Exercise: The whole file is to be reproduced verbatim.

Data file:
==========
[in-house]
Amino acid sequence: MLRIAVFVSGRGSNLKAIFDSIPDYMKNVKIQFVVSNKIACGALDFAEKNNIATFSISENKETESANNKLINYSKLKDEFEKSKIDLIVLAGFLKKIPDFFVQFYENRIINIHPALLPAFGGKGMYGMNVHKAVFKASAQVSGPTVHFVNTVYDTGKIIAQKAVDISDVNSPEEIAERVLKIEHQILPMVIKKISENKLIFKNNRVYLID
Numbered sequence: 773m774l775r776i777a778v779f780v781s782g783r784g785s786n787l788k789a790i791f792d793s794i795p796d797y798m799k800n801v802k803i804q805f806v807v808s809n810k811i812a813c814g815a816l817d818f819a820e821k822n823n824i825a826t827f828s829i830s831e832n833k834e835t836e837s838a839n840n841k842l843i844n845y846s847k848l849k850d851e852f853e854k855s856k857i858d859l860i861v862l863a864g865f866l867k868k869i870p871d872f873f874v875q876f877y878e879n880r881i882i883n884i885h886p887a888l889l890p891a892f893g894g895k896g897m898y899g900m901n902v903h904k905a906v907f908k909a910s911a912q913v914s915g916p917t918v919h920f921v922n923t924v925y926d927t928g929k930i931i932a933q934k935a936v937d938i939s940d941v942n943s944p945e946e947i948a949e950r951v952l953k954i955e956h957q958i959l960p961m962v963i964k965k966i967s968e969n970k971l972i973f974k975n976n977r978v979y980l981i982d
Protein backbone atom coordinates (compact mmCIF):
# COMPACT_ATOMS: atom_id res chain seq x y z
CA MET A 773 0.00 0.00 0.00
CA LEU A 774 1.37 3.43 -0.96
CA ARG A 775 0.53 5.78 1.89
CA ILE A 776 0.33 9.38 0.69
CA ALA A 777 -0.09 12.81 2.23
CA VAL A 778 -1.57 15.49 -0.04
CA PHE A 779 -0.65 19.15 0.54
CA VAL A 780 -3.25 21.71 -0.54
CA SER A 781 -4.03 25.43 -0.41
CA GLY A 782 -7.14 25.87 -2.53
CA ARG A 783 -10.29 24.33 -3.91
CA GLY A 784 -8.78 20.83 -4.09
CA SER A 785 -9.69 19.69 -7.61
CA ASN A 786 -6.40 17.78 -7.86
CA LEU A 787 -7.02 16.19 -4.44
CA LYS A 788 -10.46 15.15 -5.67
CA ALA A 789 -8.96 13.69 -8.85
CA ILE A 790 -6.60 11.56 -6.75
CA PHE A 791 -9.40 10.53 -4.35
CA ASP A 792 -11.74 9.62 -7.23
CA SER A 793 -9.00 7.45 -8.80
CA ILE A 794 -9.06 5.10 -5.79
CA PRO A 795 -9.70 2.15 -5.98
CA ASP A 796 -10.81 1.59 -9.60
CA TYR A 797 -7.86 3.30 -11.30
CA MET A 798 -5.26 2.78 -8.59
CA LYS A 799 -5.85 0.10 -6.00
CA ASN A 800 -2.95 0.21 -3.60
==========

[in-house]
Amino acid sequence: MLRIAVFVSGRGSNLKAIFDSIPDYMKNVKIQFVVSNKIACGALDFAEKNNIATFSISENKETESANNKLINYSKLKDEFEKSKIDLIVLAGFLKKIPDFFVQFYENRIINIHPALLPAFGGKGMYGMNVHKAVFKASAQVSGPTVHFVNTVYDTGKIIAQKAVDISDVNSPEEIAERVLKIEHQILPMVIKKISENKLIFKNNRVYLID
Numbered sequence: 773m774l775r776i777a778v779f780v781s782g783r784g785s786n787l788k789a790i791f792d793s794i795p796d797y798m799k800n801v802k803i804q805f806v807v808s809n810k811i812a813c814g815a816l817d818f819a820e821k822n823n824i825a826t827f828s829i830s831e832n833k834e835t836e837s838a839n840n841k842l843i844n845y846s847k848l849k850d851e852f853e854k855s856k857i858d859l860i861v862l863a864g865f866l867k868k869i870p871d872f873f874v875q876f877y878e879n880r881i882i883n884i885h886p887a888l889l890p891a892f893g894g895k896g897m898y899g900m901n902v903h904k905a906v907f908k909a910s911a912q913v914s915g916p917t918v919h920f921v922n923t924v925y926d927t928g929k930i931i932a933q934k935a936v937d938i939s940d941v942n943s944p945e946e947i948a949e950r951v952l953k954i955e956h957q958i959l960p961m962v963i964k965k966i967s968e969n970k971l972i973f974k975n976n977r978v979y980l981i982d
Protein backbone atom coordinates (compact mmCIF):
# COMPACT_ATOMS: atom_id res chain seq x y z
CA MET A 773 0.00 0.00 0.00
CA LEU A 774 1.37 3.43 -0.96
CA ARG A 775 0.53 5.78 1.89
CA ILE A 776 0.33 9.38 0.69
CA ALA A 777 -0.09 12.81 2.23
CA VAL A 778 -1.57 15.49 -0.04
CA PHE A 779 -0.65 19.15 0.54
CA VAL A 780 -3.25 21.71 -0.54
CA SER A 781 -4.03 25.43 -0.41
CA GLY A 782 -7.14 25.87 -2.53
CA ARG A 783 -10.29 24.33 -3.91
CA GLY A 784 -8.78 20.83 -4.09
CA SER A 785 -9.69 19.69 -7.61
CA ASN A 786 -6.40 17.78 -7.86
CA LEU A 787 -7.02 16.19 -4.44
CA LYS A 788 -10.46 15.15 -5.67
CA ALA A 789 -8.96 13.69 -8.85
CA ILE A 790 -6.60 11.56 -6.75
CA PHE A 791 -9.40 10.53 -4.35
CA ASP A 792 -11.74 9.62 -7.23
CA SER A 793 -9.00 7.45 -8.80
CA ILE A 794 -9.06 5.10 -5.79
CA PRO A 795 -9.70 2.15 -5.98
CA ASP A 796 -10.81 1.59 -9.60
CA TYR A 797 -7.86 3.30 -11.30
CA MET A 798 -5.26 2.78 -8.59
CA LYS A 799 -5.85 0.10 -6.00
CA ASN A 800 -2.95 0.21 -3.60